Around the world, the health status of people in rural areas is generally worse than in urban areas. In South Africa, infant mortality rates in rural areas are 1.6 times that of urban areas. Rural children are 77% more likely to be underweight or under height for age; 56% of rural South Africans live >5 km from a health facility; and 75% of South Africa’s poor people live in rural areas.2
Critical factors in the relationship between poverty and health are population and environmental health issues. 80% of the poor in Latin America, 60% in Asia and 50% in Africa live on marginal lands of low productivity and high susceptibility to degradation. This tends to encourage migration from rural areas to the cities. However, in the world’s cities, more than one billion people live without facilities for garbage disposal or water drainage, and breathe polluted air.3
With the concentration of poverty, low health status and high burden of disease in rural areas, there is a need to focus specifically on improving the health of people in rural and remote areas, particularly if the urban drift is to be reversed. The WHO International Development Program’s has highlighted this, with specific objectives for policies and action which promote sustainable livelihoods including access for people to land, resources and markets, as well as better education, health and opportunities for rural people. These objectives seek to contribute to lowering child and maternal mortality, and to improve basic health care for all, including reproductive services. Achievement of this is linked to protection and better management of the natural and physical environment.
The emphasis on poverty as well as other social and economic factors has led to a tendency to focus on those issues rather than directly addressing health issues. The 10/90 Report on Health Research, 1999 presents an alternative view: “The global community should recognize that good health is a way out of poverty”. It results in a greater sense of wellbeing and contributes to increased social and economic productivity. The impact of ill health on productivity affects not only the poor, but societies and economies as well”.3 Drawing these points together, there is a particular need to focus on the health and well-being in rural and remote areas so as to break out of the poverty–ill health–low productivity downward spiral.
The low health status and variable patterns of illness and injury in rural areas are related not only to poverty. In general, the rates of avoidable deaths in rural and remote areas are higher than in the cities. Generally, work injuries are more serious and more severe in rural areas, which to some extent follows from the stoicism and the ‘too tough to care’ mindset particularly amongst farmers and agricultural workers.4 in fact, in Australia, the tractor is the most dangerous machine with which people work. Forty percent of work injuries are associated with tractors, even though only 5% of the workforce work with tractors.5 Similarly, there are dangers in other rural pursuits such as mining, fishing and timber work.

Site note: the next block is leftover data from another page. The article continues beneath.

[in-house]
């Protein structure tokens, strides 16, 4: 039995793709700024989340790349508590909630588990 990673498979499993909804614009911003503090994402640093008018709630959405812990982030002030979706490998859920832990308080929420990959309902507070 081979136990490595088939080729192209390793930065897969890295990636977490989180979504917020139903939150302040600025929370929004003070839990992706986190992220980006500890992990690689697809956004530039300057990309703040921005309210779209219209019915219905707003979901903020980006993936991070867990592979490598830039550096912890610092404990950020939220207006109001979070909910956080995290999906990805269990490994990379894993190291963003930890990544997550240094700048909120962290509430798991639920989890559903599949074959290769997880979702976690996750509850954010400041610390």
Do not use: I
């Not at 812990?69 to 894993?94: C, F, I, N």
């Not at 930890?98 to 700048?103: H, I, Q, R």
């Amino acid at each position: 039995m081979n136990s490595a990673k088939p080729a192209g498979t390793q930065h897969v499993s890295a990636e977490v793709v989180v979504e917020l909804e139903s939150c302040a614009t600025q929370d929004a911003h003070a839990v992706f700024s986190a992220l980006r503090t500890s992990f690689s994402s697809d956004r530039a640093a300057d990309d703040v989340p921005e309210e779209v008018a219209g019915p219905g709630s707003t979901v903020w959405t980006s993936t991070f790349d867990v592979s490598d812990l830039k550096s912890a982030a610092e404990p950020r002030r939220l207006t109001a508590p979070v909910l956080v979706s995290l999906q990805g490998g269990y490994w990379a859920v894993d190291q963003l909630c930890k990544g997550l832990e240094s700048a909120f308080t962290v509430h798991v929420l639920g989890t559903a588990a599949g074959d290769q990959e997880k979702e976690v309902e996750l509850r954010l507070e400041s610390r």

The specifics differ from country to country; however, there are always some illnesses which are peculiar to living and working in rural areas. These include zoonosis, such as hydatids and leptospirosis, as well as other illnesses with animal vectors such as mosquitoes.
As a generalization, lifestyle-related illnesses are more common in the rural areas. The peaks and troughs of the economic cycle tend to impinge more directly on rural communities, with economic downturns often placing severe pressure on these communities. Consequently, there are significant levels of stress in a situation where generally counselling, support groups and other mental health services are limited if available at all. Commonly, in rural areas, there is a higher alcohol and tobacco consumption, and standards of nutrition vary when compared with the cities.
Roger Strasser 2003; Family Practice, Volume 20, Issue 4, 1 August 2003, Pages 457–463
Boulle A. Rural health care and rural poverty—inextricably linked—policy in progress. HST Up-Date 1997; 28: 6–7.
World Health Organization. Global Forum for Health Research. 10/90 Report. Switzerland: WHO; 1999.
Hegney D. Agricultural occupational health and safety; farming families presenting a challenge to wellness. Aust J Rural Health 1993; 1: 27–33.
Fragar L. Agricultural health and safety in Australia. Aust J Rural Health 1996; 4: 200–206